“Our lives are so much more than just a series of pretty and perfect moments. They’re funny and messy and exciting and boring and beautiful and heartbreaking and crazy… and real. And it’s best when they’re shared with those closest to us. Because ultimately, it’s surrounding ourselves with the people who matter most to us that makes us the most happy.

The pitch that Snap presents is actually quite appealing. Yet it’s worth noting that the company has been promoting a similar narrative for years in an effort to distance itself from being referred to as a social media network and wanting to differentiate its core offering from similar platforms. 

What does this new anti-social media movement tell us about Gen Z?

Most social media platforms followed TikTok’s lead and began to lean more into video-based content and AI-powered recommendations which has led to great results, with algorithms targeting users with relevant video-based content as opposed to creating an echo chamber where they’re only shown posts from people they actively choose to follow. 

With this in mind, the shift in social media usage is obvious. It’s now less about following friends’ and families’ day-to-day musings and more about what’s going viral and targeted content that’s supposed to keep users doom-scrolling. You could say that the apps have shifted from their core intention of connecting users to becoming more entertainment-based.

The social aspects of these applications have all shifted to more private communication applications such as WhatsApp and Telegram. As this trend continues to evolve the shrinking social aspect of social media networks becomes more apparent, especially when one considers that over half of social media users don’t ever post their content to the platforms and use the apps only to consume. 

However, is Snap really the antidote we’re all looking for? Does it offer the solution of staying connected and being able to engage with a closely curated group of friends without it being public-facing?

It seems that for younger generations it definitely is the answer. In fact, according to a Pew Research report that analyzed social media usage trends, 65% of Snaps users are within the age range of 18 to 29.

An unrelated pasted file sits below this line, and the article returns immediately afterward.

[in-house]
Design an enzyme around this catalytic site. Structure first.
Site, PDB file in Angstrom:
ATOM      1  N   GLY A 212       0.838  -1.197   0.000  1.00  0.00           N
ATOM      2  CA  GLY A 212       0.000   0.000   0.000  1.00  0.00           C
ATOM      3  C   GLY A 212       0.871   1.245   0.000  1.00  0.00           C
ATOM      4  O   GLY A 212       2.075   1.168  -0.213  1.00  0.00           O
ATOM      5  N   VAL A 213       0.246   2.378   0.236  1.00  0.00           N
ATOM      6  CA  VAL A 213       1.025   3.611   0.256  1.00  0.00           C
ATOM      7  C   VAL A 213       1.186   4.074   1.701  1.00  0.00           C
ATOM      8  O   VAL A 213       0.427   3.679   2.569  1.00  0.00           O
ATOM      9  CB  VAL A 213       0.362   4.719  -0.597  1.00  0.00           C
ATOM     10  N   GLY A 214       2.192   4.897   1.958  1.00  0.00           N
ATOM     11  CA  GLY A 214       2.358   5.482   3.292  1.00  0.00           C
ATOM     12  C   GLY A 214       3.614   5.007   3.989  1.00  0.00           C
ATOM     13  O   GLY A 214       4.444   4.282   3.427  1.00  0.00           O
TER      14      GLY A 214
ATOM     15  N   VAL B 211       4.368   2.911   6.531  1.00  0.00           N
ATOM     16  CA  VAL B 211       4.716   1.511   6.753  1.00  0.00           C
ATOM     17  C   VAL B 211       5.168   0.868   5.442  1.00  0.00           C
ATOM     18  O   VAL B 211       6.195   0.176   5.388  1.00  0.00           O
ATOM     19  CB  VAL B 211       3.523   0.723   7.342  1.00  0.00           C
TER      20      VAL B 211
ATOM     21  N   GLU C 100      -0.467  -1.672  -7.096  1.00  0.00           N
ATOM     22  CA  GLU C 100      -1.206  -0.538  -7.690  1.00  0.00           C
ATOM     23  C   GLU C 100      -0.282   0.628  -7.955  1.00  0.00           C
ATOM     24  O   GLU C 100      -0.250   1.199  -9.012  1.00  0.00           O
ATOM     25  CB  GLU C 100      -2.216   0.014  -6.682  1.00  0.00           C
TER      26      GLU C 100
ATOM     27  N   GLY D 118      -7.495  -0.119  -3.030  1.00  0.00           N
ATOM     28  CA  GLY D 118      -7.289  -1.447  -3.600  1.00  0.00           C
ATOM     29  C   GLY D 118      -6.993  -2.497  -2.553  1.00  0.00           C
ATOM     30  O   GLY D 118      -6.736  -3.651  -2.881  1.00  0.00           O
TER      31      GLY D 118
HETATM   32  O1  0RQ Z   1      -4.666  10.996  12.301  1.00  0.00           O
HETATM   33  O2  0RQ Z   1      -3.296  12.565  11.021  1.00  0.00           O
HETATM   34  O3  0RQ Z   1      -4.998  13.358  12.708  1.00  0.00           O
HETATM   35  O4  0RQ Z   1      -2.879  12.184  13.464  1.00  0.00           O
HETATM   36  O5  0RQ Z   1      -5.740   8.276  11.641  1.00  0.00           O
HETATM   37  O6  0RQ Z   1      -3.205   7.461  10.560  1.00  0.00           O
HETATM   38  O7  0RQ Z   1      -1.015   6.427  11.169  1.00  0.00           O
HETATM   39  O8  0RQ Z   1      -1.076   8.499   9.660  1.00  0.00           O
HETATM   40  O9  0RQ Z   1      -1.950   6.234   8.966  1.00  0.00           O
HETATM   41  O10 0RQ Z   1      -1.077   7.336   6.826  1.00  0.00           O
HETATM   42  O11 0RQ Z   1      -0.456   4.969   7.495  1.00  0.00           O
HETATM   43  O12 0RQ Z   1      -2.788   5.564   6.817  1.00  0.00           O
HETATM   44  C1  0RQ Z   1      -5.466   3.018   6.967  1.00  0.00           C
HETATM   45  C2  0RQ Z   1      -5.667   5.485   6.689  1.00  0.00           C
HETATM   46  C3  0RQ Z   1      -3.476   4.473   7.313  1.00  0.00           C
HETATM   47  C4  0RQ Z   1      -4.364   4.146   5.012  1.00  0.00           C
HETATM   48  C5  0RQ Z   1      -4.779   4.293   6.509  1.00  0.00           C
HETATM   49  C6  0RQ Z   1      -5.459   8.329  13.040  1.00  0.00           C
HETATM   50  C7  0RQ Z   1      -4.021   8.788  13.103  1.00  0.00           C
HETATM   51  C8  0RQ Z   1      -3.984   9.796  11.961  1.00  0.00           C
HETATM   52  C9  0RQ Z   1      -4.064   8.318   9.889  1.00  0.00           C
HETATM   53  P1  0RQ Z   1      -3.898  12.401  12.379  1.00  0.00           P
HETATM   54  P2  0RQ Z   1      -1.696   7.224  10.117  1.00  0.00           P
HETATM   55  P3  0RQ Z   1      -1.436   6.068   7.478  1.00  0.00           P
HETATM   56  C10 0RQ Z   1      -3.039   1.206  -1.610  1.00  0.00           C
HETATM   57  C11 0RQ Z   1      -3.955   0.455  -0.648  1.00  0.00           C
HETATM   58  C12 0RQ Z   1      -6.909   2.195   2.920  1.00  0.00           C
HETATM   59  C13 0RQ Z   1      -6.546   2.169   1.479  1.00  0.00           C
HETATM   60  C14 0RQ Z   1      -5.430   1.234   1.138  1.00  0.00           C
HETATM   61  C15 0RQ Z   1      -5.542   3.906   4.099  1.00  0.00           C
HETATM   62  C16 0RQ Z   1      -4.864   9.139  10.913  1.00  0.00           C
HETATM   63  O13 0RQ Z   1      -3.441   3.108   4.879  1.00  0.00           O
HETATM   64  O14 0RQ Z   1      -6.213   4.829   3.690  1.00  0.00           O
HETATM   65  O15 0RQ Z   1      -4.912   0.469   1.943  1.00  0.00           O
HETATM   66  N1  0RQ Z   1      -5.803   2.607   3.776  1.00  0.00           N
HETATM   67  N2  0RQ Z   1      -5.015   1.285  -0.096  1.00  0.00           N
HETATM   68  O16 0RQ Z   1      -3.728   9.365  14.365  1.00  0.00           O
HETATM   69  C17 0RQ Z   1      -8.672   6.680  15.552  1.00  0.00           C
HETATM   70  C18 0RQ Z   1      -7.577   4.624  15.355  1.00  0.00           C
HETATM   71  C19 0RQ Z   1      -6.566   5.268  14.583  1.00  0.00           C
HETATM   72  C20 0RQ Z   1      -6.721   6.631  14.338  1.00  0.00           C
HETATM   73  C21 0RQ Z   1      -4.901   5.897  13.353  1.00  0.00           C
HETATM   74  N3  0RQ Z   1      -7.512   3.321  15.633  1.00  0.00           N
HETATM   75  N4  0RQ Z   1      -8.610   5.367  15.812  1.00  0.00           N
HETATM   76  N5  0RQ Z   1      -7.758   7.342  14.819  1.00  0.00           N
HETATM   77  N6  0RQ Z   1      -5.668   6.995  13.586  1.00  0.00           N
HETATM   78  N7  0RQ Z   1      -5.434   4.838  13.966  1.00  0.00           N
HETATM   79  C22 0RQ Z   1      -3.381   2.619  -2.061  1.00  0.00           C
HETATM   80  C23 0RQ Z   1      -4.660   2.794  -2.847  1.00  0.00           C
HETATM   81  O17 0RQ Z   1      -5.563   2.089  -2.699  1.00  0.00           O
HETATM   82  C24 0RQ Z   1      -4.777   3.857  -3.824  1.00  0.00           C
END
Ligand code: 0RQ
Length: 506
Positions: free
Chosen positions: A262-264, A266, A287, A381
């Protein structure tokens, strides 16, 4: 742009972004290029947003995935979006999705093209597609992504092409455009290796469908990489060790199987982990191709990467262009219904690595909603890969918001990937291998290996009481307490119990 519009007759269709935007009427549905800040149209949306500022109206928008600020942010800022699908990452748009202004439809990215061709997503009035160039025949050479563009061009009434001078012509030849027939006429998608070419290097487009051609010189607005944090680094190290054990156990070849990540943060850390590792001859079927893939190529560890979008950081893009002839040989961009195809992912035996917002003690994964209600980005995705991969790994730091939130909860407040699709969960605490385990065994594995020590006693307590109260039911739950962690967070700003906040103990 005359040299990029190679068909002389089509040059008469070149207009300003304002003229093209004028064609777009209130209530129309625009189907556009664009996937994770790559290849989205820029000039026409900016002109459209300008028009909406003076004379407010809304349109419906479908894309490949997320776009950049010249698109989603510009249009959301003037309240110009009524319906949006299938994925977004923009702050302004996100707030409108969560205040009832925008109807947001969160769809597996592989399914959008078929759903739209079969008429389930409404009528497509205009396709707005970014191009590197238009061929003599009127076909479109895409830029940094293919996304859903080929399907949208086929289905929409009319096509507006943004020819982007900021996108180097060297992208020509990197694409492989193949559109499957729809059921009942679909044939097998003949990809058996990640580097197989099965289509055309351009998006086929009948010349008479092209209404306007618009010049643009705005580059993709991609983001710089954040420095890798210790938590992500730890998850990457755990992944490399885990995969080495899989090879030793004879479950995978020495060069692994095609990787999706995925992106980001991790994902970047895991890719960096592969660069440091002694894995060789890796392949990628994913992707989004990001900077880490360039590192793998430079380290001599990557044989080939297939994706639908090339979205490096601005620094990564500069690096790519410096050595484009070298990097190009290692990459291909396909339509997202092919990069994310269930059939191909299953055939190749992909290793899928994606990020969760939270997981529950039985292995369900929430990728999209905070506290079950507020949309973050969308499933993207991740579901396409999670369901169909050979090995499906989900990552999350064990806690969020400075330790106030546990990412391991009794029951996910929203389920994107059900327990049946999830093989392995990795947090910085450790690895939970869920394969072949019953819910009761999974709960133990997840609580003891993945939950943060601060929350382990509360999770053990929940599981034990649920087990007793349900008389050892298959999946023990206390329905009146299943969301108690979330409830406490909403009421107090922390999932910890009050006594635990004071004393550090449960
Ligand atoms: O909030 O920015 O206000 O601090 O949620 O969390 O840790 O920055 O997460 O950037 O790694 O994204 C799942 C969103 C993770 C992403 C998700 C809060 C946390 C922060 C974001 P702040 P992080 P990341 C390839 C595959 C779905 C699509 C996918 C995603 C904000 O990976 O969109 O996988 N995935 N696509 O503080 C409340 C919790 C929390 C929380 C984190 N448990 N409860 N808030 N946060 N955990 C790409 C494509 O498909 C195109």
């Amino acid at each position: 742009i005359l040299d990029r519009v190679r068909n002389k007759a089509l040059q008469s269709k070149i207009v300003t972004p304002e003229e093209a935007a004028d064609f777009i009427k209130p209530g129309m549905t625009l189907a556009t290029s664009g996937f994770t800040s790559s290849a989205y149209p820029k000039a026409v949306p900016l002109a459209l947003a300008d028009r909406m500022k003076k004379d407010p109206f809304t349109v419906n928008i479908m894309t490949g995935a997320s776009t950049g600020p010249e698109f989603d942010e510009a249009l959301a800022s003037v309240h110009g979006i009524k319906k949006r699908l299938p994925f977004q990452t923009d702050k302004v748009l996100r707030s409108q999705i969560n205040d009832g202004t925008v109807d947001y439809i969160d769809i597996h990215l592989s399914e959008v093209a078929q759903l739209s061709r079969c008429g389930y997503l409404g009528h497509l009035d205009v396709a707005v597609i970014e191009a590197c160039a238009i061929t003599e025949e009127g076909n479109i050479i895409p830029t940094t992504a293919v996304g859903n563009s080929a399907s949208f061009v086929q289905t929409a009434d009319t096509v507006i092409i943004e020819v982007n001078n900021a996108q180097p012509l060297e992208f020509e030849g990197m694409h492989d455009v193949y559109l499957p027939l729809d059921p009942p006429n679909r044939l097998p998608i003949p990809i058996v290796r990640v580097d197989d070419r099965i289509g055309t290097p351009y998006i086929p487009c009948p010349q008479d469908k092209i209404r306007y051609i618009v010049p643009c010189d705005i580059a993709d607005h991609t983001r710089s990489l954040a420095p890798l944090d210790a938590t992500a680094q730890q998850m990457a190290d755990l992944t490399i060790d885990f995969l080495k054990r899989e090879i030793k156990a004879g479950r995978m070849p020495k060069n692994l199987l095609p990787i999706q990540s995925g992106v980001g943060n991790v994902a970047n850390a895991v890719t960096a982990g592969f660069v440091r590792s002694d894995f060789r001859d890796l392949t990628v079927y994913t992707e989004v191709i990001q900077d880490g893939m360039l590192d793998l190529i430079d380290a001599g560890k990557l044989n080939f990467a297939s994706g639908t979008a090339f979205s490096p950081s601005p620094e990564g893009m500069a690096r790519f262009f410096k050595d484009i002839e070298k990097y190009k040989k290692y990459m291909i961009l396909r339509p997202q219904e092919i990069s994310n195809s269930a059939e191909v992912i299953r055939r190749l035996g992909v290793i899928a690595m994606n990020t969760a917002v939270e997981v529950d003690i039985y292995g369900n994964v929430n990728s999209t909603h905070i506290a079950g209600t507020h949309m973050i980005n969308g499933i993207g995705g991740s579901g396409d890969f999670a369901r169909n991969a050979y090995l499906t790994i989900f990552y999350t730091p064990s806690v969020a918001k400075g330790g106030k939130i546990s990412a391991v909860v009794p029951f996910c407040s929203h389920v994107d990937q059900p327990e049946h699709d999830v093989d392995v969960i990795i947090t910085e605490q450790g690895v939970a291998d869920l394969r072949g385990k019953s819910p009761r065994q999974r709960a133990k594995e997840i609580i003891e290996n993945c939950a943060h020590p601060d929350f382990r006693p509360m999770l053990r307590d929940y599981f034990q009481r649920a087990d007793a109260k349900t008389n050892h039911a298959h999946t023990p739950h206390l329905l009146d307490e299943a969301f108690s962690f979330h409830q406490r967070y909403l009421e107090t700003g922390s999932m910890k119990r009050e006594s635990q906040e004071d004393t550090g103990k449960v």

What You Need To Know About Snapchat's New Anti-Social Media Ad Campaign

The biggest problem that Snap is encountering is that as users age they lose interest in the app and move on to more conventional and streamlined communication methods, such as WhatsApp. However, the app is only twelve years old and could easily figure out ways to retain older demographics over the coming years. 

This problem isn’t new to Snap, as the app has been fighting to address this issue using various methods for years. All evidence points to how Snapchat is relevant and seen as a cool app amongst teenagers, that becomes less appealing and interesting for adults as time goes on. 

So the message from the advertising campaign pitching Snap as an antidote to social media is enticing, but not quite resonating with older cohorts. Can the app change that? Will this new focus appeal to new users who are already looking to move away from conventional social media communication features? Only time will tell…

Romilly Anne Glenton

Romilly A. Glenton is a Spain-based writer with a deep passion for the influencer economy and creator space. Her writings offer insightful perspectives on digital trends and the evolving landscape of social media influencers. Living in the heart of Spain, Romilly's work is infused with a unique blend of traditional cultural insights and modern digital developments. She skillfully dissects viral trends and influencer marketing strategies, making complex topics accessible and engaging. Her articles are not just informative, but a reflection of her own journey through the rapidly changing digital world. When she's not writing, Romilly enjoys exploring Spain's rich culture, drawing inspiration for her insightful pieces.

Click to comment

Leave a Reply

Your email address will not be published. Required fields are marked *

More in Platform

To Top